Praying for the healing of institutions: What does Michael mean by that?

I welcome your dialogue about this! Email me at

A story

Twelve years ago, I went into a prison for the first time. Halfway through the weekend alternatives to violence workshop that I was co-facilitating, I noticed that one of the inmates kept staring at me and looking ang ry. When I got up my courage to ask him what he was thinking, he told me that he was indeed angry. He was angry because no one had come to visit him in the past 10 years. The only outlet he had for expressing himself was a notebook he kept in his pocket, where he wrote ideas about what would help him re-connect to himself and society. He was angry that day because the workshop we were doing used so many ideas that he had written in his notebook. With encouragement, this man went on to be a trainer in this program, and he later started a halfway house for others coming out of prison. He struggled throughout the process, because he was giving up old habits that were no longer useful to him. He was slowly living into a purpose of serving others, and he was building a community to support this new behavior. In recent years, I've been drawn to learn about how whole organizations, such as prisons, can go through a similar process of transformation and healing that this man did—letting go of old habits that aren't useful, living into a collective purpose, and building a trusting community to support that purpose.

Since that first day I went to prison, I've developed and managed several programs that support the individual transformation of people impacted by crime—offenders, victims, and family members of offenders or victims. Now I want to learn how large organizations and systems can have fundamental changes of heart and spirit to become healthier and more effective at achieving their purposes. For example, how do prisons develop an atmosphere that encourages accountability and healing among the people within its walls, both inmates and employees? How can the criminal justice system, as a whole, let go of habitual interventions that consistently fail to decrease crime, and free up their resources to try more evidence-based approaches?

In the next years, I want to learn how to see and engage the organizational personalities of criminal justice organizations, so they can be more effective at creating a Minnesota that is more safe and just. Changes needed in institutions to address these questions can be approached from the perspective of management, policies, and organizational culture. I want to learn more about each of these approaches. At the same time, I also want to learn how to intentional engage the spiritual level of institutional change. I want to learn about how prayer, ritual, and spiritual discernment can influence these changes.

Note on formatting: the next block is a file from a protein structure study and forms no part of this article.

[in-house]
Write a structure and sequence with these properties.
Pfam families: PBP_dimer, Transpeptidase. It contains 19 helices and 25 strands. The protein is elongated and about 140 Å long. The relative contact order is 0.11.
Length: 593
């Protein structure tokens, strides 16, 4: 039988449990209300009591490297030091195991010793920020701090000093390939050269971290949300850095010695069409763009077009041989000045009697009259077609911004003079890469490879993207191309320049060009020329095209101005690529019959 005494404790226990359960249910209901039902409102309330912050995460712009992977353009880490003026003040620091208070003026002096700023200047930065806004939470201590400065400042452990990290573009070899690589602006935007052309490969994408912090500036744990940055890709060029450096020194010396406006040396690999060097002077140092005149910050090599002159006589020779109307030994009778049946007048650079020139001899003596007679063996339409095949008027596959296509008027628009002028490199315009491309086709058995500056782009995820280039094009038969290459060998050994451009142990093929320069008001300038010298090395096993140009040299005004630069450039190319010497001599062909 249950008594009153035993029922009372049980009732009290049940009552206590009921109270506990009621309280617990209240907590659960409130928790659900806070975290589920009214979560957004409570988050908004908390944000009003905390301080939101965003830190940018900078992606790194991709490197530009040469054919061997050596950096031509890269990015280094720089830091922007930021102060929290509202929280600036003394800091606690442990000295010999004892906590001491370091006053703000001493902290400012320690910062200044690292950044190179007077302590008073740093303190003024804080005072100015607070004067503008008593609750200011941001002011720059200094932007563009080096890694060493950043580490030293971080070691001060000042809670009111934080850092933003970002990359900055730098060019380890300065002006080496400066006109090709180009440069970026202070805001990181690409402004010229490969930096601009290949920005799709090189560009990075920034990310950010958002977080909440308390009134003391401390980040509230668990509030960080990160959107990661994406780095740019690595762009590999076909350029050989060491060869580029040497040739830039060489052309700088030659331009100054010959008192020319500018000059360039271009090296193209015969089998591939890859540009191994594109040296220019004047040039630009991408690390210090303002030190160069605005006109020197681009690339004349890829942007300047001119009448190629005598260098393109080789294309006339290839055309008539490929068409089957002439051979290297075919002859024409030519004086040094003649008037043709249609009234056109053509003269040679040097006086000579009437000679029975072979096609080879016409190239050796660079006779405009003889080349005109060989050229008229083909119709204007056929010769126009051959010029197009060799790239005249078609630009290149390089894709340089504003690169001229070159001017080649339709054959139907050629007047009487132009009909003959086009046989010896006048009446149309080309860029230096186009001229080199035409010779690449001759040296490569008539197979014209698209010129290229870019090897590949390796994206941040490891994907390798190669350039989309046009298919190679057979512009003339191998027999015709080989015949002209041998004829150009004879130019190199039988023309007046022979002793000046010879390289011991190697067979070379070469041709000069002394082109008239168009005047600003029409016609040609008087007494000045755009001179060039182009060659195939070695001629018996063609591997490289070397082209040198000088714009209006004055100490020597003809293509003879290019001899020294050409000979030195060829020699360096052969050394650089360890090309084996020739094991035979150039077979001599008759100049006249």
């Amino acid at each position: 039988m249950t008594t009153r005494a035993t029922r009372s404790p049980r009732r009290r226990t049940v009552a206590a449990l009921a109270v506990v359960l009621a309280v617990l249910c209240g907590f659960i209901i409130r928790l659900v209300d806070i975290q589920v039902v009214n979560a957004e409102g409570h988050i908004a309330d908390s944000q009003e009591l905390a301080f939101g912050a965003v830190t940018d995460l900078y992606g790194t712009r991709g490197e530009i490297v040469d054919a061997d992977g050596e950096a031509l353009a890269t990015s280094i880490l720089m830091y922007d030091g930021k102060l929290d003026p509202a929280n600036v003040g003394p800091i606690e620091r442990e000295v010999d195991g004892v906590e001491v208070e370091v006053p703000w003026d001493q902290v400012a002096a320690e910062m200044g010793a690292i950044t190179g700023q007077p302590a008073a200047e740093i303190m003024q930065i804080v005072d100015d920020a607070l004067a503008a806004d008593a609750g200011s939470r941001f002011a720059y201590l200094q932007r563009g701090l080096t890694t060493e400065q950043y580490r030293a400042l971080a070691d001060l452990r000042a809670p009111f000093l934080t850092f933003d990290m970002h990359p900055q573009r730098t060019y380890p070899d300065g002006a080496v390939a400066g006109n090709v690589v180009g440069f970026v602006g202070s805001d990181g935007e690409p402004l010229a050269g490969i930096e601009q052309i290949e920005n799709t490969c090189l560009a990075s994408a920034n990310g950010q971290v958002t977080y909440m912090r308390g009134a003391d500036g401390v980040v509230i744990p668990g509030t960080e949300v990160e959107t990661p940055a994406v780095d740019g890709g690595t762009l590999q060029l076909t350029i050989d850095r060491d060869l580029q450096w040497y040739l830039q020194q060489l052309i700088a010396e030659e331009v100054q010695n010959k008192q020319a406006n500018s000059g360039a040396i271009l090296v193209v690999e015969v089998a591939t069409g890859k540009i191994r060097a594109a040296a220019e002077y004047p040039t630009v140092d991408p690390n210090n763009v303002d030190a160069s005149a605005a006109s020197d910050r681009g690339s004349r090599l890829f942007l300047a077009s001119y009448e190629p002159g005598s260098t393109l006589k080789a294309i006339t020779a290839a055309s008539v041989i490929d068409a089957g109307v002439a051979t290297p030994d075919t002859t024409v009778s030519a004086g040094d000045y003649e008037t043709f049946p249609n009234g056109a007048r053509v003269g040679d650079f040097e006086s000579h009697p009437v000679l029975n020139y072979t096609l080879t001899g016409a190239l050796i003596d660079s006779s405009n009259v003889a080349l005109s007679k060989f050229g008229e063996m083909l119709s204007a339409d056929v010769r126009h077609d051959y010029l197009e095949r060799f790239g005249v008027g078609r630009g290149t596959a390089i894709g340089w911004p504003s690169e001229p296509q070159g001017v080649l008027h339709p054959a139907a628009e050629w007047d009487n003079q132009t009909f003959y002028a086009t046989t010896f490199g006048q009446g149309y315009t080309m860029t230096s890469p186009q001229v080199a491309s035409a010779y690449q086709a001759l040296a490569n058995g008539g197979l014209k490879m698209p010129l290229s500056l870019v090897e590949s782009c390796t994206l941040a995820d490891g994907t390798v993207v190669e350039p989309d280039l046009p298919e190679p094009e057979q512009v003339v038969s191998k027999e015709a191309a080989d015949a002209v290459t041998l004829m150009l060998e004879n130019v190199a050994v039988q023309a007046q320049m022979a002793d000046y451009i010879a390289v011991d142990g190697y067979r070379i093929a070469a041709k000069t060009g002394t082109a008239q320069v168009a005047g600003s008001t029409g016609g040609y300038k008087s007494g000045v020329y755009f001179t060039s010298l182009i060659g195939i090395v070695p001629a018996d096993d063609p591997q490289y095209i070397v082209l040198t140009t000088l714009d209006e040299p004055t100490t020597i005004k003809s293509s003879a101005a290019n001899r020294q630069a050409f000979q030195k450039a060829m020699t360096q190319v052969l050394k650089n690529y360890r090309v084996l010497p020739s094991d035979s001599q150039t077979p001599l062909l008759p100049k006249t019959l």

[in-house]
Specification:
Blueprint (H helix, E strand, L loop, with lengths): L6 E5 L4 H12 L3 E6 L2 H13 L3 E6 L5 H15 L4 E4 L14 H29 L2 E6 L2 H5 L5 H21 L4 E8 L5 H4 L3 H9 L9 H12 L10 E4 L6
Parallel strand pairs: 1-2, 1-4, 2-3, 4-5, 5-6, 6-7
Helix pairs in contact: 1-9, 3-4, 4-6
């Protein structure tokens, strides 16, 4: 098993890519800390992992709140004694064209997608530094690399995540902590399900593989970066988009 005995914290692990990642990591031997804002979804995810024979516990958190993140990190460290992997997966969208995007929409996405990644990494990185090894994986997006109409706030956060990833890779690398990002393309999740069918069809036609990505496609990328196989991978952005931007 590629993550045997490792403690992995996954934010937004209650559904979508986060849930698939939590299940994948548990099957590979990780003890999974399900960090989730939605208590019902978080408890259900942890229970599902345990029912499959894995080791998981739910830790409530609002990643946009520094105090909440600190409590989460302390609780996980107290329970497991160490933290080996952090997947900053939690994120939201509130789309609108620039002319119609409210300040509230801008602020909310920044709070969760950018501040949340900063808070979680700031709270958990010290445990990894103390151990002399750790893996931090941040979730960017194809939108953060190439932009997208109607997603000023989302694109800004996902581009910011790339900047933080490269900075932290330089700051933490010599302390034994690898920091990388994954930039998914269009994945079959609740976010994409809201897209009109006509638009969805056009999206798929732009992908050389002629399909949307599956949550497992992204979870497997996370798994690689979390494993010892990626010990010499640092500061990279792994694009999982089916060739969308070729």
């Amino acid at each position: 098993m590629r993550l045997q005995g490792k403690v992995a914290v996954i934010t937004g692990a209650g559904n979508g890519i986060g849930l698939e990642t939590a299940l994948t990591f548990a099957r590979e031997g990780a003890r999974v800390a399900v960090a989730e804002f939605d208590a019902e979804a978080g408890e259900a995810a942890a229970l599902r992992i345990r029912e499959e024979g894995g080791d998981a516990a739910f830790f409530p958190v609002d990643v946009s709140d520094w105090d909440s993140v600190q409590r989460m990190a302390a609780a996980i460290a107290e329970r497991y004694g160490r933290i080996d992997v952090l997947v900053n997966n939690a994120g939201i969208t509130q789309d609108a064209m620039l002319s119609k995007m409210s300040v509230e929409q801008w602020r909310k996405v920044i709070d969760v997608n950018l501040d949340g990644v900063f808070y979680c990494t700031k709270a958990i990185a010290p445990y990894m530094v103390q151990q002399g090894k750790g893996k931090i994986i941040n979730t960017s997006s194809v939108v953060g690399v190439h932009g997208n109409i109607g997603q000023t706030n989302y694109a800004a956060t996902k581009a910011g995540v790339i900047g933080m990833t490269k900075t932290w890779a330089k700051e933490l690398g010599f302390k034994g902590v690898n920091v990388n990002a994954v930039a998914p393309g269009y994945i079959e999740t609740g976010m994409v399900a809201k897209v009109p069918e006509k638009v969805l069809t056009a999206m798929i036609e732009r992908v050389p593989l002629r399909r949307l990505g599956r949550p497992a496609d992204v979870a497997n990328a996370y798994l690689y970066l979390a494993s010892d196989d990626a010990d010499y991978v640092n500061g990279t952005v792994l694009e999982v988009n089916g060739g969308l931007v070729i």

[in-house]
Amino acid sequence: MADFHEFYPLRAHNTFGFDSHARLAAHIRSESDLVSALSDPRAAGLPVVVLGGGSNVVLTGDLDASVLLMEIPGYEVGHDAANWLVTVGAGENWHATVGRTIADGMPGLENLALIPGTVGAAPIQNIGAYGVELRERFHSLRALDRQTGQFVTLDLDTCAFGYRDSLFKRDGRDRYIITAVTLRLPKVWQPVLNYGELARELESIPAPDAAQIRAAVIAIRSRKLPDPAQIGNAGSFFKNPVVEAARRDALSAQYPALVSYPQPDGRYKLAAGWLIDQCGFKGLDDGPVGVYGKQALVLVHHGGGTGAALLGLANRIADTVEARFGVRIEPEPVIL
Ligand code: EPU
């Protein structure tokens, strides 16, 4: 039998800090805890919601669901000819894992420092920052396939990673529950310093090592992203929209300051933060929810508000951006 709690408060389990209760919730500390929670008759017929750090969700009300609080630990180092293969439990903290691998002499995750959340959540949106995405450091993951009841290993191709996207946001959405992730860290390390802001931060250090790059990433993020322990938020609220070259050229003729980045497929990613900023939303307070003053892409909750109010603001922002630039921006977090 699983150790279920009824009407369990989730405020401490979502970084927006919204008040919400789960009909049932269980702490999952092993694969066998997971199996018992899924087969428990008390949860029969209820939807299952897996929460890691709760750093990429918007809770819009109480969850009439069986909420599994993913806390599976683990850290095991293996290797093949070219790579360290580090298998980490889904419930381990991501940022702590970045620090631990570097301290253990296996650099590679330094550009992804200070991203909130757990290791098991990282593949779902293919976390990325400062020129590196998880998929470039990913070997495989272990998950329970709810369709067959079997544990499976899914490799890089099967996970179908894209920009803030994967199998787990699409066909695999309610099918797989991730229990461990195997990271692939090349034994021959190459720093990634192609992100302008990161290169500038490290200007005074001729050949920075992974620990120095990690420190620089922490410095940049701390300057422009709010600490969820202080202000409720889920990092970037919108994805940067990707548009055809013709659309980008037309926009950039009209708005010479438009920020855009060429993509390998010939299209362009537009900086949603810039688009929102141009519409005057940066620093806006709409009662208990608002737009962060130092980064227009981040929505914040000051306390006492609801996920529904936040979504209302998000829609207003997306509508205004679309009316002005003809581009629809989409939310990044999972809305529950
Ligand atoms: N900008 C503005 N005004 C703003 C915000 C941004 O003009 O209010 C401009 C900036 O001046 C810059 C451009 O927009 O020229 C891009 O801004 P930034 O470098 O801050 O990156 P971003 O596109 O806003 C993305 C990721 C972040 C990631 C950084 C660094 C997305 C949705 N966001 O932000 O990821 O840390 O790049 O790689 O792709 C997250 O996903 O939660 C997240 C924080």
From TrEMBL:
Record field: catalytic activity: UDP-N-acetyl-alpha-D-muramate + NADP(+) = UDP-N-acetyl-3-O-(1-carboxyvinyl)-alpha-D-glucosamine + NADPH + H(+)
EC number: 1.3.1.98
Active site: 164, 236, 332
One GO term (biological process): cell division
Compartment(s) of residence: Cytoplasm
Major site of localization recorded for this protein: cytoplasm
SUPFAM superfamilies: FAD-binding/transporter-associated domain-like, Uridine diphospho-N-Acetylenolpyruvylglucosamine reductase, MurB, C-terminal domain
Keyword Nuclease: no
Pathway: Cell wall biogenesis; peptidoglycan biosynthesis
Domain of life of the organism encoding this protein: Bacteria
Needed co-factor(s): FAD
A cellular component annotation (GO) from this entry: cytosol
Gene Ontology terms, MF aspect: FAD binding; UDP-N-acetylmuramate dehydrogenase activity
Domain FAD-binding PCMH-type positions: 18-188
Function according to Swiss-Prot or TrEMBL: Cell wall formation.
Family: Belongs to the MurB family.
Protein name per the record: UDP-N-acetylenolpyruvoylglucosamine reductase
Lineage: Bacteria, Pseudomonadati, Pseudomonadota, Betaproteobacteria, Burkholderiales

The quotes in the column to the right express some of what I feel pulled to learn about.



I have found the writings of Walter Wink to be very helpful in articulating what I am seeking to learn about, in terms of engaging the spirits of instituations. Here are some quotes from him that express some of what I'm most interested in:

What is the spirituality of instiutions?

"My thesis is that what people in the world of the Bible experienced and called 'Principalities and Powers' was in fact real. They were discerning the actual spirituality at the center of the political, economic, and cultural institutions of their day. The spiritual aspect of the Powers is not simply a 'personification' of institutional qualities that would exist whether they were personified or not. On the contrary, the spirituality of an institution exists as a real aspect of the institution even when it is not perceived as such. Institutions have an actual spiritual ethos, and we neglect this aspect of institutional life to our peril."

"Evil is not just personal but structural and spiritual. It is not simply the result of human actions, but the consequence of huge systems over which no individual has full control. Only by confronting the spirituality of an institution and its physical manifestations can the total structure be transformed."

What does it mean to pray for instituions?

"The future belongs to whoever can envision a new and desirable possibility, which faith then fixes upon as inevitalbe."

"No doubt our intercessions sometimes change us as we open ourselves to new possibilities we had not guessed. No doubt our prayers to God reflect back upon us as a divine command to become the answer to our prayer.  But if we are to take the biblical understanding seriously, intercession is more than that. It changes the world and it changes what is possible to God. It creates an island of relative freedom in a world gripped by unholy necessity. A new force field appears that hitherto was only potential. The entire configuration changes as the result of the change of a single part. A space opens in the praying person, permitting God to act without violating human freedom. The change in one person thus changes what God can thereby do in that world."

"Is my understanding of prayer similar to the "spiritual warfare" practiced by some evangelicals and charismatics? Yes, to the extent that I agree that prayer should be imperative and aggressive. ... I see the demonic as arising within the institution itself, as it abandons its divine vocation for a selfish, lesser goal. Therefore I would not attempt to case out the spirit of a city, for example, but rather, to call on God to transform it, to recall it to its divine vocation. My spiritual conversation is with God, not the demonic"

"It requires a deep spirituality centered in prayer that can liberate us from illusions spun over us by the Powers and that can free us to create a society more friendly to life."